Now one boy is biting. The other has spilled his water. Do I smell a dirty diaper? And how can this boat feel so impossibly cramped? Or perhaps it was simply that the physical act of keeping two little boys safe and entertained in a liquid world was by turns exhausting and terrifying. Before we left, I knew only to expect one thing: chaos. The more practical aspects of our lives on the water were harder to envision.

I assumed, foolishly, that five pairs of underwear would be enough for a potty-trained 4-year-old. I packed a dozen novels that sat on the damp bookshelf and collected mildew while I overlooked the ear plugs I needed to temper the volume of small voices amplified in an even smaller space.

I brought favorite recipes that mocked me from their corner of the galley as I struggled to cook the most basic, one-pot meals in a kitchen the size of a coat closet. I failed to consider the problem of toy truck wheels rolling back and forth on the table as we sailed, sending me repeatedly on hands and knees to pick up the pieces.

Ours was a topsy-turvy existence indeed.

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Many days, it was impossible not to question our motivations, and our sanity. Or when first one child, and then the other, vomited all over the inside of our boat, spewing into the cracks and crevices of multiple hatches. Or when I wanted desperately to wake up and stretch and fix myself a cup of coffee, alone. But when I tiptoed the three steps to the stove, the floor creaked and I accidentally banged the teakettle and soon the whole boat was awake. There were no doors, no privacy.

In fact, there was barely enough room to turn around. Each night, peering into the V-berth, the triangular-shaped bed in the bow of the boat, I watched my two sons sleeping, bottoms raised, hands draped across their faces in that deep slumber that comes after a day of playing hard.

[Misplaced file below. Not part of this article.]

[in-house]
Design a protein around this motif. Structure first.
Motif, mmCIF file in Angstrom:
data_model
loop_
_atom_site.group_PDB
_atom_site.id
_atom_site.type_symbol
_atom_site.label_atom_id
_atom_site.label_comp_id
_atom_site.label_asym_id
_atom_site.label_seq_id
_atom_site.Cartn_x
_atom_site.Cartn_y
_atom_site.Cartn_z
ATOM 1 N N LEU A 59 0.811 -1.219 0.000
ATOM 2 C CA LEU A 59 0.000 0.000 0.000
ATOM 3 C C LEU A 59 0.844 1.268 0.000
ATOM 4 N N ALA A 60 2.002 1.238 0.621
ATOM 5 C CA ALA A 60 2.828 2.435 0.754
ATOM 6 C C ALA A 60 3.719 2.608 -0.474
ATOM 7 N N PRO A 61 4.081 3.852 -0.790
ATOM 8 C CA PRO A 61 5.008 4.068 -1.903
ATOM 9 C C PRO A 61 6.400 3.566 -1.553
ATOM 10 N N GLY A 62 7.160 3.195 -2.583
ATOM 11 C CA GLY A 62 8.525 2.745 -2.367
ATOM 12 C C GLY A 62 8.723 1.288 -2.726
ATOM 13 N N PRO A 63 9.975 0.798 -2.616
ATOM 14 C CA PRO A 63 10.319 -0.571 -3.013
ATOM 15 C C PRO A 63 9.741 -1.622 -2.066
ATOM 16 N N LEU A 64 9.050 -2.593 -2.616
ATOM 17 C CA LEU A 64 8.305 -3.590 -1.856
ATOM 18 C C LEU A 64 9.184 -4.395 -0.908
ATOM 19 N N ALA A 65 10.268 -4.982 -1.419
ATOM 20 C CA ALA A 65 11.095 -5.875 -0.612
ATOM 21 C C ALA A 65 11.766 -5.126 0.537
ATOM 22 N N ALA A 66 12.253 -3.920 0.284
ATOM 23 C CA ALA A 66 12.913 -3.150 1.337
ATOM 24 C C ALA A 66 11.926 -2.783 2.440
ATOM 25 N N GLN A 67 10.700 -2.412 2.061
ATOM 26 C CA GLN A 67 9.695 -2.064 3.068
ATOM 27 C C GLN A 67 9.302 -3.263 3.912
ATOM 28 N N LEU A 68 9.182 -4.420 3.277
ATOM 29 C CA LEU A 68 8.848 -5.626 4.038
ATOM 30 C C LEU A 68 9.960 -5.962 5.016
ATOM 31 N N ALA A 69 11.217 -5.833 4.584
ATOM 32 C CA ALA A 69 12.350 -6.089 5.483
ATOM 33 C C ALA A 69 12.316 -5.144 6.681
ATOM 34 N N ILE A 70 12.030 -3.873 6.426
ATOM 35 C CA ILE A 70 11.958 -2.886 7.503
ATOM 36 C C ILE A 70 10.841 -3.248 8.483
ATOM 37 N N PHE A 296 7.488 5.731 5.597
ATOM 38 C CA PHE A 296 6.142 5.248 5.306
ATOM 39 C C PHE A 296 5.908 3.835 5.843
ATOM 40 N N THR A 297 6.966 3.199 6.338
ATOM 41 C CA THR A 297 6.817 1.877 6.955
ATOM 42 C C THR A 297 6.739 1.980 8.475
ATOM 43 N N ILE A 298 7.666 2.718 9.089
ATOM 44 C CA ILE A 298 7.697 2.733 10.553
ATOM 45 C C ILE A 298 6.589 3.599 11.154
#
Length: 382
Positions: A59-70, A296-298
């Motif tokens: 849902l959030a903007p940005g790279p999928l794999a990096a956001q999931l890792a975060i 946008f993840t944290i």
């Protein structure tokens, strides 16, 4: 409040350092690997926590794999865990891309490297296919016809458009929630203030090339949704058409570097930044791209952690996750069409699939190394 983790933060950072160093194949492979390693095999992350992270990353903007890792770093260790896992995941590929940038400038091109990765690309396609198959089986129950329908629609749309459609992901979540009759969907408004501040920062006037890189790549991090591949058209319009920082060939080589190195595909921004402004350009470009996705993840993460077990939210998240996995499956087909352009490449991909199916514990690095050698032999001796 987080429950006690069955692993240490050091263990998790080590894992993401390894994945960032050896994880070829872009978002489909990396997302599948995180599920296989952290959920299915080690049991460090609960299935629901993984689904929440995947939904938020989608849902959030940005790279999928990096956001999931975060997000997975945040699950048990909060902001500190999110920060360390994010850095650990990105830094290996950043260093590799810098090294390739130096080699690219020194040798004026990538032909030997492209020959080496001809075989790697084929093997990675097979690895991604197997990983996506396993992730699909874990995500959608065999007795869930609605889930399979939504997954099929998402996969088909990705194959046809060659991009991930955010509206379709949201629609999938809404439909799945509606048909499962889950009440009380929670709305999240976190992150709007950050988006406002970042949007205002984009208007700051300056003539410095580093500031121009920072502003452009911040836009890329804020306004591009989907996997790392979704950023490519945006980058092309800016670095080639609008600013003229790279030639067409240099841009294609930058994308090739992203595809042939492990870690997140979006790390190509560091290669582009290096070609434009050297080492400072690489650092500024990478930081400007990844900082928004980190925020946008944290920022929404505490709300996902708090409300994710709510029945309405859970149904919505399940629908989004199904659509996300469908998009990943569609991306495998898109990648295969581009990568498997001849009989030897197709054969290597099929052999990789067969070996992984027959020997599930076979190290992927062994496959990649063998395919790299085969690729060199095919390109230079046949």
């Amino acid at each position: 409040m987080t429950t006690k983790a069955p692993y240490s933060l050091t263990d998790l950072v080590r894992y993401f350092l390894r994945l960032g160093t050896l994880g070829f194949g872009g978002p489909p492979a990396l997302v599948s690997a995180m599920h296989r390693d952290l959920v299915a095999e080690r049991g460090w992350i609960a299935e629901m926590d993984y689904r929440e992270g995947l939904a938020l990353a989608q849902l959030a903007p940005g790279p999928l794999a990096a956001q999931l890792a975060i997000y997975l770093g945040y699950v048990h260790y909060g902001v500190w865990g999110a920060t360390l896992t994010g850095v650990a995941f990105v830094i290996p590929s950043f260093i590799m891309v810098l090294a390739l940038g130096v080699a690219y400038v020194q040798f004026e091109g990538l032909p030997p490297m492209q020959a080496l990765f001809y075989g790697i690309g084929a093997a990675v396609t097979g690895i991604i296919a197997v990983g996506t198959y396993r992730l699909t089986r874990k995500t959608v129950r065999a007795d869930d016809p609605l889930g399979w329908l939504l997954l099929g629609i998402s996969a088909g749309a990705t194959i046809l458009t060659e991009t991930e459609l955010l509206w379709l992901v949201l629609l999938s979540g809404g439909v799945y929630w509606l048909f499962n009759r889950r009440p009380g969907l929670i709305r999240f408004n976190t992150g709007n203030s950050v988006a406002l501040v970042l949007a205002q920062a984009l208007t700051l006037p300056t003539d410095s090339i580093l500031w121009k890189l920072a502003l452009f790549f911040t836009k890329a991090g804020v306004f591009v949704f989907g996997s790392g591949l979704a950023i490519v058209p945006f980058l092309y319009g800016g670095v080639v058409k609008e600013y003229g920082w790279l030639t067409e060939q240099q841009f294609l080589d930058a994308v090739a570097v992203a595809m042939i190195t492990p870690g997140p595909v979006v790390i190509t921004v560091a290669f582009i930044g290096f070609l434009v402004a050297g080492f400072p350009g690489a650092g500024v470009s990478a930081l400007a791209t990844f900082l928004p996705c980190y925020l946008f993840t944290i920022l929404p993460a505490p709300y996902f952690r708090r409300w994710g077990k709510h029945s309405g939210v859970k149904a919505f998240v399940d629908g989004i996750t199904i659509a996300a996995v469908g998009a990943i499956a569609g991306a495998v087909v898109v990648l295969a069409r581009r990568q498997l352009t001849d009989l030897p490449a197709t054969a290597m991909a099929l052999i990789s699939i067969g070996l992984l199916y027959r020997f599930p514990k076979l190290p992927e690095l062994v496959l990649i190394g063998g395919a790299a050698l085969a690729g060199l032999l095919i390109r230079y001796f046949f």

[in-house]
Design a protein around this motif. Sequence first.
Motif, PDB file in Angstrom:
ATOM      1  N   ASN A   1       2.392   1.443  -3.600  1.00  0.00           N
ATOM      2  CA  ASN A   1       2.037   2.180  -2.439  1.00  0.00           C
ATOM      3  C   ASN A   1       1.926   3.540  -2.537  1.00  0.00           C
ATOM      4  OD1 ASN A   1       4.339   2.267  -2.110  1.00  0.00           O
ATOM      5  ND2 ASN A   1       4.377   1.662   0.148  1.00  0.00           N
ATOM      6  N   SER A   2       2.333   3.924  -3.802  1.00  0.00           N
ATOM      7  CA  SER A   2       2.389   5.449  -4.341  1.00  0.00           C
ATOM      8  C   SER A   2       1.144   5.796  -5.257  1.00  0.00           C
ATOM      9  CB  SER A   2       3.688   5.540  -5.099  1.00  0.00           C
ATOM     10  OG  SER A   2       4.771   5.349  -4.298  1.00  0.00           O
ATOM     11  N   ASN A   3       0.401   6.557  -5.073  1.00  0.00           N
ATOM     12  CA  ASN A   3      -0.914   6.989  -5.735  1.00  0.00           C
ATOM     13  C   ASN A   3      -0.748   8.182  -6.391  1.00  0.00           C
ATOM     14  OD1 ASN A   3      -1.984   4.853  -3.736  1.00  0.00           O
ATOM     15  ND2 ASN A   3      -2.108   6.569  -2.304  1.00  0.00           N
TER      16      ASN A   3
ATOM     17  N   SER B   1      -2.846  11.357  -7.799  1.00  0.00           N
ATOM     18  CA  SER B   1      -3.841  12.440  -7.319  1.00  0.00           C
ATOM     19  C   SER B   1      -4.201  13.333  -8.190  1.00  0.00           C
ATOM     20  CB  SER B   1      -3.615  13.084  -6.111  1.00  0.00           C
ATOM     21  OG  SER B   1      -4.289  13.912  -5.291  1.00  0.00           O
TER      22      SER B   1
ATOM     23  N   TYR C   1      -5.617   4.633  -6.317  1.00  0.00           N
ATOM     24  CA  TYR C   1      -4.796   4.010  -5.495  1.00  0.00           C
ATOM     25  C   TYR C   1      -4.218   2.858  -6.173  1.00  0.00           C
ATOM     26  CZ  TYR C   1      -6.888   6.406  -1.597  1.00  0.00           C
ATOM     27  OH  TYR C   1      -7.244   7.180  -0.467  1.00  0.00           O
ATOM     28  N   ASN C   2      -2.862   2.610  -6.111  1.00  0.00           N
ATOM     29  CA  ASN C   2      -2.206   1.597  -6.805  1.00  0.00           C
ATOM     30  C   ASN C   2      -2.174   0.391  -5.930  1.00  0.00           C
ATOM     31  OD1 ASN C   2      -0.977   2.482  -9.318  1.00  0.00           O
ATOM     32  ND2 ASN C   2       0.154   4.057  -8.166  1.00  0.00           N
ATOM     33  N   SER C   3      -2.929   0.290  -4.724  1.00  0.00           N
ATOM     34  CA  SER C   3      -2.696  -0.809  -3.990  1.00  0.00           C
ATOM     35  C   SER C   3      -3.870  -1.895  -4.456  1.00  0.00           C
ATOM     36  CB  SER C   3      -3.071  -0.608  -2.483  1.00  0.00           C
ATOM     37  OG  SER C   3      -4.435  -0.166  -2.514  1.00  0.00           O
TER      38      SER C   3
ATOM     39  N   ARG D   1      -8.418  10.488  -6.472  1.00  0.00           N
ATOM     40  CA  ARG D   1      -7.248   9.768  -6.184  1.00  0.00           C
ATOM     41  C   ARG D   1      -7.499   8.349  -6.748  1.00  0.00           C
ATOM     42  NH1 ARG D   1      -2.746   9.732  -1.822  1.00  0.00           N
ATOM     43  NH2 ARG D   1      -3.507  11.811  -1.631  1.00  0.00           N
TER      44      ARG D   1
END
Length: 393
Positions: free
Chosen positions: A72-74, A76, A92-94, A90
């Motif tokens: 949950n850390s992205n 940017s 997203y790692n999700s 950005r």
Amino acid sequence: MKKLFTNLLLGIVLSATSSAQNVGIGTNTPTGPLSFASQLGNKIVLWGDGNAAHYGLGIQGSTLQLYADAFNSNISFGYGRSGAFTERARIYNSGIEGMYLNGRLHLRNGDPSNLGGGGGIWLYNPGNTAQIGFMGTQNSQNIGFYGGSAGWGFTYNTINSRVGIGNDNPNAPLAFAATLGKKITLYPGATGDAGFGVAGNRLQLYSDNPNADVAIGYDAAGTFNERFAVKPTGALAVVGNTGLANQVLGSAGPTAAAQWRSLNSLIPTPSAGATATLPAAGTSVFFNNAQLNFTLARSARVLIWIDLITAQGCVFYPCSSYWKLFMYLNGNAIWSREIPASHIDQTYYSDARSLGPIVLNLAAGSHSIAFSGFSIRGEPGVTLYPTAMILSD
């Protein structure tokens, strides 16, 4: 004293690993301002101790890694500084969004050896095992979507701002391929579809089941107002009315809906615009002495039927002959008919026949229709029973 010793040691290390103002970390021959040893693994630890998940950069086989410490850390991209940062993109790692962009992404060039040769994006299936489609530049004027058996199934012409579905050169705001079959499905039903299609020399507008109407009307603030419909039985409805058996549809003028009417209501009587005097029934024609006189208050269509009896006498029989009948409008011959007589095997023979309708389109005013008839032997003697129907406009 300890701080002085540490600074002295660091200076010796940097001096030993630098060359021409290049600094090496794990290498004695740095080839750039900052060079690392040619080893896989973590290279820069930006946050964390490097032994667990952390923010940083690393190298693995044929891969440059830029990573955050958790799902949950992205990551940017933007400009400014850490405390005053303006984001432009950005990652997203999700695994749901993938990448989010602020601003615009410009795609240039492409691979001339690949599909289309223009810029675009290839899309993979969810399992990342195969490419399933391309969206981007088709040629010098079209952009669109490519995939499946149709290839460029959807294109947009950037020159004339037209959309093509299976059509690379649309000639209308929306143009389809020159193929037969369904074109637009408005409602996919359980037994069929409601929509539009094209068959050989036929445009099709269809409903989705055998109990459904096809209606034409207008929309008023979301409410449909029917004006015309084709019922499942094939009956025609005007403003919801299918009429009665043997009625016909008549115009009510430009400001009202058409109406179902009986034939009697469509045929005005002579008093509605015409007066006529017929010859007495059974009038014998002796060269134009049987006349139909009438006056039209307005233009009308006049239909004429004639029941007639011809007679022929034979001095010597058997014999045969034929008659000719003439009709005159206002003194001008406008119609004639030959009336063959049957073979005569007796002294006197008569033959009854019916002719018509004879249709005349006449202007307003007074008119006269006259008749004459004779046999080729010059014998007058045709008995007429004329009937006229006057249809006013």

In the quiet morning fog, I felt a soft warm body curl itself against mine, burrowing under my sleeping bag. I saw my children discover that sea anemones squirt if you poke them. We sat together in the bowsprit as the waves passed beneath us in a swirl of green and white. I slowed down long enough to realize that our time together was precious, and ever so fleeting.

We dropped anchor one night in a forested cove, where spruce and hemlock branches dangled over the high tide line, ravens watched us from the treetops, and the only sounds were the soft sloshing of water against our hull and the chortles of song sparrows foraging on the beach. All four of us nestled in our sleeping bags, breathing in time with the waves. In those quiet moments there was no place I would rather have been, no adventure better than the one we were experiencing. One afternoon, in the last week of our trip, halfway between Glacier Bay and the northern terminus of the Inside Passage, we loaded into the dinghy for a trip to shore.

Pat rowed, I sat with Dawson in the stern, and Huxley took his usual position in the bow.